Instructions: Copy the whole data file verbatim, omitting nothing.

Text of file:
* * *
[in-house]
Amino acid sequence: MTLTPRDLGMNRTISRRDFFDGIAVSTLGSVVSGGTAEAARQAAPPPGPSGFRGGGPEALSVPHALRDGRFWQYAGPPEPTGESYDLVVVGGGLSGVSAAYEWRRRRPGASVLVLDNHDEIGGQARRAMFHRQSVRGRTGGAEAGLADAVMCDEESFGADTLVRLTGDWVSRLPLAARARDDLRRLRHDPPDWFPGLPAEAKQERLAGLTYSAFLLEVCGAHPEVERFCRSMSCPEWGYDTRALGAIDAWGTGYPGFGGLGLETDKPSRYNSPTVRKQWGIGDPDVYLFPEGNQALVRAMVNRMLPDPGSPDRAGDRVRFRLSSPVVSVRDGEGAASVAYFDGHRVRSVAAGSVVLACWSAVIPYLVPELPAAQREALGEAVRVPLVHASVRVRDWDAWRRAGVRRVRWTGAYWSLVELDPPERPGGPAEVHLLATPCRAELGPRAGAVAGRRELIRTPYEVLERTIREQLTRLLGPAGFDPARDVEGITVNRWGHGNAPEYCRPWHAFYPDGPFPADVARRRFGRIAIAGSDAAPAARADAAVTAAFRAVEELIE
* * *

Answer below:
[in-house]
Amino acid sequence: MTLTPRDLGMNRTISRRDFFDGIAVSTLGSVVSGGTAEAARQAAPPPGPSGFRGGGPEALSVPHALRDGRFWQYAGPPEPTGESYDLVVVGGGLSGVSAAYEWRRRRPGASVLVLDNHDEIGGQARRAMFHRQSVRGRTGGAEAGLADAVMCDEESFGADTLVRLTGDWVSRLPLAARARDDLRRLRHDPPDWFPGLPAEAKQERLAGLTYSAFLLEVCGAHPEVERFCRSMSCPEWGYDTRALGAIDAWGTGYPGFGGLGLETDKPSRYNSPTVRKQWGIGDPDVYLFPEGNQALVRAMVNRMLPDPGSPDRAGDRVRFRLSSPVVSVRDGEGAASVAYFDGHRVRSVAAGSVVLACWSAVIPYLVPELPAAQREALGEAVRVPLVHASVRVRDWDAWRRAGVRRVRWTGAYWSLVELDPPERPGGPAEVHLLATPCRAELGPRAGAVAGRRELIRTPYEVLERTIREQLTRLLGPAGFDPARDVEGITVNRWGHGNAPEYCRPWHAFYPDGPFPADVARRRFGRIAIAGSDAAPAARADAAVTAAFRAVEELIE